CORUNNA — An Owosso man was sentenced to one year in the Shiawassee County jail Friday for possession of methamphetamine by 35th Circuit Court Judge Matthew Stewart.
Curtis Hunt, 50, was sentenced to two years of probation, the first year of which will be served in the county jail, and was ordered to pay court costs and fines. Hunt was given credit for one day served.
Hunt was arrested Jan. 6 at Meijer when police found him asleep in his vehicle. Upon searching Hunt, police discovered 2.5 grams of meth in his possession, as well as additional amphetamine. Hunt was charged with two controlled substance counts, posted bond and was released while awaiting disposition of the case. Court records do not indicate the amount of the bond.
He was arraigned March 12 by 66th District Court Judge Terrance Dignan; Hunt pleaded not guilty.
Hunt agreed to plead guilty to a single meth possession charge at a hearing May 30. As part of the plea agreement, prosecutors offered a “7411” delayed sentencing arrangement, which would have seen the felony charge expunged from Hunt’s record upon the successful completion of probation.
At Friday’s sentencing, however, Stewart said “the wheels fell off” the plea agreement, after Hunt was unable to provide a urine or saliva sample for drug testing. Hunt said he had “been around people” who were smoking meth, before admitting to “taking two puffs” of meth within the last several days.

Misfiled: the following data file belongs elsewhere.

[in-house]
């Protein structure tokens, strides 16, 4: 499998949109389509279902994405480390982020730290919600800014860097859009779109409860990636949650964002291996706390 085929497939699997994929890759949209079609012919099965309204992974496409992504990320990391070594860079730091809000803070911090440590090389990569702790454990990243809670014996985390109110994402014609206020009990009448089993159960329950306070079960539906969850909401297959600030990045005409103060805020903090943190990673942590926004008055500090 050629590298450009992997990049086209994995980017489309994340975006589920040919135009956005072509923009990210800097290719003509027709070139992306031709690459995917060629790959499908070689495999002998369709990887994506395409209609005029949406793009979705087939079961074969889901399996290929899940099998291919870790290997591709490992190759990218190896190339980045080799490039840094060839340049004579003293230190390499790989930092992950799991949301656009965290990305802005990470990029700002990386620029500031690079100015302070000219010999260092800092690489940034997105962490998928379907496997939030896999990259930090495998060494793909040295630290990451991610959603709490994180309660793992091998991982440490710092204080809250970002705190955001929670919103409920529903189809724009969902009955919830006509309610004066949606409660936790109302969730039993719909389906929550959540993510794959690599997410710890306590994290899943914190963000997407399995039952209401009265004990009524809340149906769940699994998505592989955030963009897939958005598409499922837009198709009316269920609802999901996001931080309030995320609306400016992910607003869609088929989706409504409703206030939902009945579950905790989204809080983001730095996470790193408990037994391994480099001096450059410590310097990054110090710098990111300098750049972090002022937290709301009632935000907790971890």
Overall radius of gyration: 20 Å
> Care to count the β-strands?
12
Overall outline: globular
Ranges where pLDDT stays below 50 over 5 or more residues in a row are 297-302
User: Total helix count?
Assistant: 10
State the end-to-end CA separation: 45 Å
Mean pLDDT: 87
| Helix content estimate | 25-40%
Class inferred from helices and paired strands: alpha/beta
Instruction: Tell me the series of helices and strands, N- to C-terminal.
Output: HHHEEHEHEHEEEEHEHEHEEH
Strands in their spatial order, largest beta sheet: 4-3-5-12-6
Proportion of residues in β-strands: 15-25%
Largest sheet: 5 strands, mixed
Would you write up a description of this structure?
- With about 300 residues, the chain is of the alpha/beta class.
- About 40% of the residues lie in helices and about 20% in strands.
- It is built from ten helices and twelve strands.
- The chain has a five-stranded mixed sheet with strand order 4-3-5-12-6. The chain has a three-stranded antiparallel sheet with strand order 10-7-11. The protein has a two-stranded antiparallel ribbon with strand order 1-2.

“Are you ready to end all this nonsense?” Stewart asked Hunt. “Go ahead, come clean with us.”
“I have a problem and I need treatment,” Hunt said. He had previously denied the drugs found in his possession were his, and he had found them in the Meijer parking lot. “I made a mistake.”
“The mistake was lying to the court,” Stewart said. “Misconduct after the plea is grounds for the court to back out of that agreement. The court chooses to exercise that option.”
Hunt’s attorney Doug Corwin asked the court to impose a term of probation, and include substance abuse counseling as part of Hunt’s sentence. “He lied to the court and there’s going to be some punishment,” Corwin said.
Prosecutor Deana Finnegan reviewed Hunt’s prior criminal history, which dates back 30 years and includes three misdemeanor drunken-driving convictions, and asked for at least a short term of incarceration.
“He has a problem with alcohol,” Finnegan said. “He obviously has a problem with controlled substances. He just blatantly lied. He lied in his interview with police officers, lied in the description of the events, and didn’t think he should have been charged… Someone with that kind of attitude and non-ownership of the problem isn’t going to change their habits at 50 years old.”
Hunt apologized for lying and asked the court for substance abuse treatment.
“I know it was a big mistake,” Hunt said. “I realize it now. I could leave this in the past if I could get some treatment.”
Stewart, however, noted that Hunt had never requested treatment before being charged with drug possession.
“I thought about that as I was talking to your attorney,” Stewart said. “Then as I listened to you, I think you only want treatment now because you got caught in your lie… Until we found out you were using meth while on bond, only then did you decide to ask for treatment. That tells me that would be a waste. There won’t be any treatment… That was not the way to handle this case, Mr. Hunt.”